United States District Court, D. Nevada
ORDER REGARDING REPORT AND RECOMMENDATION OF
MAGISTRATE JUDGE VALERIE P. COOKE
MIRANDA M. DU, UNITED STATES DISTRICT JUDGE
the Court is the Report and Recommendation of United States
Magistrate Judge Valerie P. Cooke (ECF No. 53)
(“R&R” or “Recommendation”)
relating to Defendants Renee Pfister and Danelli Taylor's
(“Defendants”) Motion for Summary Judgment
(“the Motion”) (ECF Nos. 40, 41). Plaintiff
timely filed his objection to the R&R (ECF No. 54) and
Defendants filed their response (ECF No. 55). Plaintiff also
filed a reply (ECF No. 56).
who is an inmate in the custody of the Nevada Department of
Corrections (“NDOC”), asserts four counts based
on events that occurred while he was held at Washoe County
Detention Facility (“WCDF”). (ECF No. 6.)
Following screening of the complaint, the Court allowed
plaintiff to proceed on an Eighth Amendment deliberate
indifference claim against Defendants Rene Pfister and
Danelli Taylor (referred to as “nurse Valentine”
in the complaint) and officer John Doe. (ECF No. 5.) The
following facts are taken from the complaint.
August 21, 2013, Plaintiff started experiencing attacks from
his Crohn's disease that lasted over twenty-four hours.
(ECF No. 6 at 3.) Defendant Taylor brought Plaintiff his
daily medication and told him to submit a kite so that he
could be scheduled to be seen by a physician. (Id.)
The next day, Plaintiff told Defendants Taylor and Pfister
that he was still experiencing Crohn's attacks and that
he needed to see a physician immediately. (Id. at
4.) Taylor told Plaintiff to submit a kite and when he told
her he had, she told him he would have to wait to be seen.
(Id.) Plaintiff's pain continued to worsen and
he asked both nurses for assistance, but received no help.
August 26, 2013, the lower right side of Plaintiff's
stomach swelled up like a balloon; he asked defendant John
Doe correctional officer for a doctor and was told to shut
up. (Id.) A few hours later, a different
correctional officer found Plaintiff non-responsive in his
cell. (Id.) He was then transported to St.
Mary's Hospital in Reno. (Id.) At the hospital,
Plaintiff underwent surgery for an intestinal rupture and
spent twenty-one days in the hospital during his recovery.
Review of the Magistrate Judge's Recommendations
Court “may accept, reject, or modify, in whole or in
part, the findings or recommendations made by the magistrate
judge.” 28 U.S.C. § 636(b)(1). Where a party
timely objects to a magistrate judge's report and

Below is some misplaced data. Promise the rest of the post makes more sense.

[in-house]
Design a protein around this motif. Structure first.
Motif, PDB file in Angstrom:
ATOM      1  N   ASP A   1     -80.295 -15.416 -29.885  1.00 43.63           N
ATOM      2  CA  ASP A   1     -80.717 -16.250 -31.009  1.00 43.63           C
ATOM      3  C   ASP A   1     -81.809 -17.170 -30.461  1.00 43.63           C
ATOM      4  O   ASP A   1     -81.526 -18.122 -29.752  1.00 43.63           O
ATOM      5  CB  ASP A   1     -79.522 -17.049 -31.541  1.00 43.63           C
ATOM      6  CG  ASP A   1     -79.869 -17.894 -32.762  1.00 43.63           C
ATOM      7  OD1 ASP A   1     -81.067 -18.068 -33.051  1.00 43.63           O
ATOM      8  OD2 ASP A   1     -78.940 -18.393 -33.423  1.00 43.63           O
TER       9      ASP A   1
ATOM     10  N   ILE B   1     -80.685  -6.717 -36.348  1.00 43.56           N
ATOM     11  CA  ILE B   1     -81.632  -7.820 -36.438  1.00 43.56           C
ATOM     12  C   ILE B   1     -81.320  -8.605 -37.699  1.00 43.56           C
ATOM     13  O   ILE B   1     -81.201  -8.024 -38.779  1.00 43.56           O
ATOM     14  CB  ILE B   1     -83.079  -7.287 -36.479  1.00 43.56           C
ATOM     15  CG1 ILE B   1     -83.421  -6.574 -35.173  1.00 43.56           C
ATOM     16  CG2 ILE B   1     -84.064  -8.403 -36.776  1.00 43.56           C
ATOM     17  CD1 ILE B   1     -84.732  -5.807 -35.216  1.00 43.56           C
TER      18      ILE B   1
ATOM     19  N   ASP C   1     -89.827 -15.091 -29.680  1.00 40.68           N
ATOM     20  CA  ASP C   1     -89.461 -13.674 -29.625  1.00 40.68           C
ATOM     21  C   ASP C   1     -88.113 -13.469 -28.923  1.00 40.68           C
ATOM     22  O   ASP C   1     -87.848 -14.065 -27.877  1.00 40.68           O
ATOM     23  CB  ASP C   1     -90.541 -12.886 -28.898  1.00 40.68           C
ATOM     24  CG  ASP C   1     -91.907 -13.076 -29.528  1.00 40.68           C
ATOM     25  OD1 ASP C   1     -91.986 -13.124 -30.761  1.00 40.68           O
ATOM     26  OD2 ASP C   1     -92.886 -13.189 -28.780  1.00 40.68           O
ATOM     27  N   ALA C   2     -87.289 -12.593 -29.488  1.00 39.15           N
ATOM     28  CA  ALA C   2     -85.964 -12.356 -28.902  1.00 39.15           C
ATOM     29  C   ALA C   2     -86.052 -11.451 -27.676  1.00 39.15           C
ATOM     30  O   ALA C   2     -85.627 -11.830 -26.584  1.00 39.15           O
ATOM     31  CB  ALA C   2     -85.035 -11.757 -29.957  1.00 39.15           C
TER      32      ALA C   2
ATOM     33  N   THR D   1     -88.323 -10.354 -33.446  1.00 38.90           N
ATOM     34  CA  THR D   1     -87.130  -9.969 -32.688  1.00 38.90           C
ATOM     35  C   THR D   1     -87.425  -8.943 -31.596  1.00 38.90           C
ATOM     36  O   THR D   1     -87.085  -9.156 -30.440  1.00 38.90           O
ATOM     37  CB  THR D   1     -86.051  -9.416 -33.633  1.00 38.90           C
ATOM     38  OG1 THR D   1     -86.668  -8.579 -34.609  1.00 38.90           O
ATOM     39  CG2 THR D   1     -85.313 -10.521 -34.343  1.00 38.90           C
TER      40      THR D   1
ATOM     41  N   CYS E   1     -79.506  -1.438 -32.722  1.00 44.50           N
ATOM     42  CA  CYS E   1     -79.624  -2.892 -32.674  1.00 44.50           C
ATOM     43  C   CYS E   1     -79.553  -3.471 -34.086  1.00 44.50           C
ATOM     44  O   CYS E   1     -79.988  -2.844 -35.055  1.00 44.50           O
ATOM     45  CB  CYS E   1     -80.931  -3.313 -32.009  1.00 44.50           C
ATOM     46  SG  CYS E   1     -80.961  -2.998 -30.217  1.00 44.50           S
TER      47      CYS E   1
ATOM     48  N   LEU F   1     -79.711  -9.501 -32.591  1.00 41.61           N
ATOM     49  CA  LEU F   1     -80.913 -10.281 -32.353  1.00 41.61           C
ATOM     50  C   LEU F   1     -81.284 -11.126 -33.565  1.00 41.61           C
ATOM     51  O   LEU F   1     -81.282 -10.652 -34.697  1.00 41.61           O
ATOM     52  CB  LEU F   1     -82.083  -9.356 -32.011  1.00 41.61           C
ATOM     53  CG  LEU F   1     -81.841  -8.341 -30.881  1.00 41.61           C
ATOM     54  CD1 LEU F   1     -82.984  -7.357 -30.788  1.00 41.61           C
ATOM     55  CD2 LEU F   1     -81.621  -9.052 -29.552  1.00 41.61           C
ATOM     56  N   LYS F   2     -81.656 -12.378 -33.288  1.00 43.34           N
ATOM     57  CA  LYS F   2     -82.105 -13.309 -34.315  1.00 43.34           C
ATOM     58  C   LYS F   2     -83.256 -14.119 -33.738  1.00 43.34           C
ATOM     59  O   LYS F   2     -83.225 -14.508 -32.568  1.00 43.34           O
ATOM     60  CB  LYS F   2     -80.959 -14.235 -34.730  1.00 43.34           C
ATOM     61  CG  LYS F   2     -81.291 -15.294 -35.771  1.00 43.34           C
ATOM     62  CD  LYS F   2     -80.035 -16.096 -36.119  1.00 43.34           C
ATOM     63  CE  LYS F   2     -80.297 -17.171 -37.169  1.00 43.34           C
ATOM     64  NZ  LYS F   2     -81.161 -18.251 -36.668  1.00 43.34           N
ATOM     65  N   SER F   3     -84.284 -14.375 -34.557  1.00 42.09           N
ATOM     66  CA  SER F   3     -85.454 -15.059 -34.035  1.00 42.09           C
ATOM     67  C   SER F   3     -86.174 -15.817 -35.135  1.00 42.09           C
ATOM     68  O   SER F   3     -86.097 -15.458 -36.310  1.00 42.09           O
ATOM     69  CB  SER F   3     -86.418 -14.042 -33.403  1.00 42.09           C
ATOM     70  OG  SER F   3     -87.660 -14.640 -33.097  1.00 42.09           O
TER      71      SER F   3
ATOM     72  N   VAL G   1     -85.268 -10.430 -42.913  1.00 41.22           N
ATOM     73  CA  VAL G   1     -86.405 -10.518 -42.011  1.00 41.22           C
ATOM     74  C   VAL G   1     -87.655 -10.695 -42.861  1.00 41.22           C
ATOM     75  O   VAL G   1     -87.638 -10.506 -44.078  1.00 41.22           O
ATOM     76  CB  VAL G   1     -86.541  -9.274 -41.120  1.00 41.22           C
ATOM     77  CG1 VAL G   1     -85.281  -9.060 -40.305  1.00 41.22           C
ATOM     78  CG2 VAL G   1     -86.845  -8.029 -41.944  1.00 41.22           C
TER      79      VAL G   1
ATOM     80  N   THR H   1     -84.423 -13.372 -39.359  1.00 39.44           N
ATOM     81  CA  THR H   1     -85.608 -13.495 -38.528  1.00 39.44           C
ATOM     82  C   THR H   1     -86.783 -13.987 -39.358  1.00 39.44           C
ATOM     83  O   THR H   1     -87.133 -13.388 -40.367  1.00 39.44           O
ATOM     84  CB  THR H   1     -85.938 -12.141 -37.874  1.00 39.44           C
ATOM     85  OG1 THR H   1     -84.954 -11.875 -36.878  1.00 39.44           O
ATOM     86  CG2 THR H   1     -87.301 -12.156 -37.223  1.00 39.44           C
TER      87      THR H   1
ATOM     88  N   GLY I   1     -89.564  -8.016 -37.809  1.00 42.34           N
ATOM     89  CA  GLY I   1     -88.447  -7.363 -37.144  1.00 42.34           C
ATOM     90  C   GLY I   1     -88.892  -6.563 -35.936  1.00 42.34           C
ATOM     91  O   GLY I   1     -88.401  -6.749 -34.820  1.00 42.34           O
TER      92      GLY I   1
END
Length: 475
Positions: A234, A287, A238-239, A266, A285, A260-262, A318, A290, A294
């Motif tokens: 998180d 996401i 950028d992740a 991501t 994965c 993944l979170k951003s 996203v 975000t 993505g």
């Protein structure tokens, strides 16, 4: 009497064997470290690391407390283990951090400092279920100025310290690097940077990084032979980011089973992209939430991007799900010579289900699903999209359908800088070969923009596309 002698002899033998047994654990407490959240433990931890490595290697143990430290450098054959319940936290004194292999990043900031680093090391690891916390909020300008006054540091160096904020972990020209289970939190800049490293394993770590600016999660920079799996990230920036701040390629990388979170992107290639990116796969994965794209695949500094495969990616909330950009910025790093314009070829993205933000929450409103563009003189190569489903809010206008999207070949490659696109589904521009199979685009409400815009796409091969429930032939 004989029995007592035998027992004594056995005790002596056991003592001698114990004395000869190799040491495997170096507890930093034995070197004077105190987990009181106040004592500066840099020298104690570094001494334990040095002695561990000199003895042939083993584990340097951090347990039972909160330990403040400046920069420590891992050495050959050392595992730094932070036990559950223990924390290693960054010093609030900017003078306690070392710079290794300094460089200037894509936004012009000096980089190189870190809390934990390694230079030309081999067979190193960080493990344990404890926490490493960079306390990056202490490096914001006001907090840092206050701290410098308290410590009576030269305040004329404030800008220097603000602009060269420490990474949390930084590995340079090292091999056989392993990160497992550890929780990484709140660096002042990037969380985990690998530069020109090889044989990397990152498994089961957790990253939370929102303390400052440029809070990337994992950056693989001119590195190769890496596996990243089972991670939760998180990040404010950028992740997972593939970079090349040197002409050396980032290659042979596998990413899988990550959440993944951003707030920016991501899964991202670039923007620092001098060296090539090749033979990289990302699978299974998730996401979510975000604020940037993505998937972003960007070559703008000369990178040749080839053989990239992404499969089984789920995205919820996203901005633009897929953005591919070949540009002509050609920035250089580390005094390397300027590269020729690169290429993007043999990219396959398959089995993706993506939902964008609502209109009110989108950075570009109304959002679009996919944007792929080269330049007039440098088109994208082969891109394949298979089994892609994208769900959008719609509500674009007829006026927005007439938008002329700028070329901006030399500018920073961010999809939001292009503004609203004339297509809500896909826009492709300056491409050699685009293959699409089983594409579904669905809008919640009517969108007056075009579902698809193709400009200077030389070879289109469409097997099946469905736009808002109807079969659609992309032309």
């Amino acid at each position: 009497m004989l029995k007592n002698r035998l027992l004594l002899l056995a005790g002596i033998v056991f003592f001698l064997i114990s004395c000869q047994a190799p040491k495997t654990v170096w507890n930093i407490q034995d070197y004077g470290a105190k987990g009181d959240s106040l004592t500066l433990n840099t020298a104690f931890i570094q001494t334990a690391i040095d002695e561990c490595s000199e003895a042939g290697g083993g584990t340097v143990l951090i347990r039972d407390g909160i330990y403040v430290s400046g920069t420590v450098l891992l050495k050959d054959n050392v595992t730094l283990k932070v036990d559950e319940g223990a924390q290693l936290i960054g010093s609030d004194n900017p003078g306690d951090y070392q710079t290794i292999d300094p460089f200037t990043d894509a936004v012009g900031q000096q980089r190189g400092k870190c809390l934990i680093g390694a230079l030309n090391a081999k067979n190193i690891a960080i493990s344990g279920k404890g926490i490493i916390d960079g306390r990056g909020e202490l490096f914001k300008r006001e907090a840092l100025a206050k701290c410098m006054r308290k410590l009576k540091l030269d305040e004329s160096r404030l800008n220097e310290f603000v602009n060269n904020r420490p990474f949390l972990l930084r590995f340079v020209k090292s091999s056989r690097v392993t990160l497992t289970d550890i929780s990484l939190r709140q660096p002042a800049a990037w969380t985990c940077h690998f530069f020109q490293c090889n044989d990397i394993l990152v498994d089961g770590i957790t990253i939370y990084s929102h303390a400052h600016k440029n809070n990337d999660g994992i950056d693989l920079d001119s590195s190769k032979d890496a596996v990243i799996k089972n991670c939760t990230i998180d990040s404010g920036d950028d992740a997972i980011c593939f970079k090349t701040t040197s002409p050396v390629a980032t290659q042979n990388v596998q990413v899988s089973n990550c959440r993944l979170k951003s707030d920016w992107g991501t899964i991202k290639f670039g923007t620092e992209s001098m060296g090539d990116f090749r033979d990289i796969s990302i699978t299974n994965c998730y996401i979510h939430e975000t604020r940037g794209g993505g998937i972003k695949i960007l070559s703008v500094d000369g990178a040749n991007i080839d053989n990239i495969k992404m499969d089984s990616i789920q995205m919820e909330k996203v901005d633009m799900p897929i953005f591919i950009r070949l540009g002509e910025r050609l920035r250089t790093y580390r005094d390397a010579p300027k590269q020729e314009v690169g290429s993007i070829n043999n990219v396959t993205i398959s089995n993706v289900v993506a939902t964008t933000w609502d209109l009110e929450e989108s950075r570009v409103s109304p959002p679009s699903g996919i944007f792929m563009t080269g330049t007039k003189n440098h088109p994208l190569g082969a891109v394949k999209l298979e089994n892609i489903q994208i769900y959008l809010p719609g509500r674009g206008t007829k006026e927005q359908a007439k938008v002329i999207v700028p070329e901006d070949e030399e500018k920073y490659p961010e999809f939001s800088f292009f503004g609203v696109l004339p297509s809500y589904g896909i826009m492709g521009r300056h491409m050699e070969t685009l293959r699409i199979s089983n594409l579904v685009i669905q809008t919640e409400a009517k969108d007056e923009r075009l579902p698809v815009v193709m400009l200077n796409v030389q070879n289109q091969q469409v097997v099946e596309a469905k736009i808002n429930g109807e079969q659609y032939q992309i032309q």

recommendation, then the court is required to “make a
de novo determination of those portions of the
[report and recommendation] to which objection is
made.” 28 U.S.C. § 636(b)(1).
Summary Judgment Standard
purpose of summary judgment is to avoid unnecessary trials
when there is no dispute as to the facts before the
court.” Nw. Motorcycle Ass'n v. U.S. Dep't
of Agric., 18 F.3d 1468, 1471 (9th Cir. 1994). Summary
judgment is appropriate when the pleadings, the discovery and
disclosure materials on file, and any affidavits “show
there is no genuine issue as to any material fact and that
the movant is entitled to judgment as a matter of law.”
Celotex Corp. v. Catrett, 477 U.S. 317, 330 (1986).
An issue is “genuine” if there is a sufficient
evidentiary basis on which a reasonable fact-finder could
find for the nonmoving party and a dispute is
“material” if it could affect the outcome of the
suit under the governing law. Anderson v. Liberty Lobby,
Inc., 477 U.S. 242, 248-49 (1986). Where reasonable
minds could differ on the material facts at issue, however,
summary judgment is not appropriate. See Id. at
250-51. “The amount of evidence necessary to raise a
genuine issue of material fact is enough ‘to require a
jury or judge to resolve the parties' differing versions
of the truth at trial.'” Aydin Corp. v. Loral
Corp., 718 F.2d 897, 902 (9th Cir. 1983) (quoting
First Nat'l Bank v. Cities Service Co., 391 U.S.
253, 288-89 (1968)). In evaluating a summary judgment motion,
a court views all facts and draws all inferences in the light
most favorable to the nonmoving party. Kaiser Cement
Corp. v. Fishbach & Moore, Inc., 793 F.2d 1100, 1103
(9th Cir. 1986).
moving party bears the burden of showing that there are no
genuine issues of material fact. Zoslaw v. MCA Distrib.
Corp., 693 F.2d 870, 883 (9th Cir. 1982). Once the
moving party satisfies Rule 56's requirements, the burden
shifts to the party resisting the motion to “set forth
specific facts showing that there is a genuine issue for
trial.” Anderson, 477 U.S. at 256. The
nonmoving party “may not rely on denials in the
pleadings but must produce specific evidence, through
affidavits or admissible discovery material, to show that the
dispute exists, ” Bhan v. NME Hosps., Inc.,
929 F.2d 1404, 1409 (9th Cir. 1991), and “must do more
than simply show that there is some metaphysical doubt as to
the material facts.” Orr v. Bank of Am., 285
F.3d 764, 783 (9th Cir. 2002) (quoting Matsushita ...